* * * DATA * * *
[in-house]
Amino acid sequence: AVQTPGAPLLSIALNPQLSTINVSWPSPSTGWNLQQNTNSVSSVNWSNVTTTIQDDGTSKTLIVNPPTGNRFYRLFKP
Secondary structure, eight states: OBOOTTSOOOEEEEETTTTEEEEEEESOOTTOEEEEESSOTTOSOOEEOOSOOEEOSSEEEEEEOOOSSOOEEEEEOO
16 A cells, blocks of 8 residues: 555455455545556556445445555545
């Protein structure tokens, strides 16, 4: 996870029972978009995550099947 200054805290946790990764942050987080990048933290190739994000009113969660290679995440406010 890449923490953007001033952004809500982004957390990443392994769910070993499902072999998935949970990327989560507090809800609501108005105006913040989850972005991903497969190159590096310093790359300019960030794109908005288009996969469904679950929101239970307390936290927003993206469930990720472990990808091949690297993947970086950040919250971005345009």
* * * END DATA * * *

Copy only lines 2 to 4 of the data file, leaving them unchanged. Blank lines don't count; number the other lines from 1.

Amino acid sequence: AVQTPGAPLLSIALNPQLSTINVSWPSPSTGWNLQQNTNSVSSVNWSNVTTTIQDDGTSKTLIVNPPTGNRFYRLFKP
Secondary structure, eight states: OBOOTTSOOOEEEEETTTTEEEEEEESOOTTOEEEEESSOTTOSOOEEOOSOOEEOSSEEEEEEOOOSSOOEEEEEOO
16 A cells, blocks of 8 residues: 555455455545556556445445555545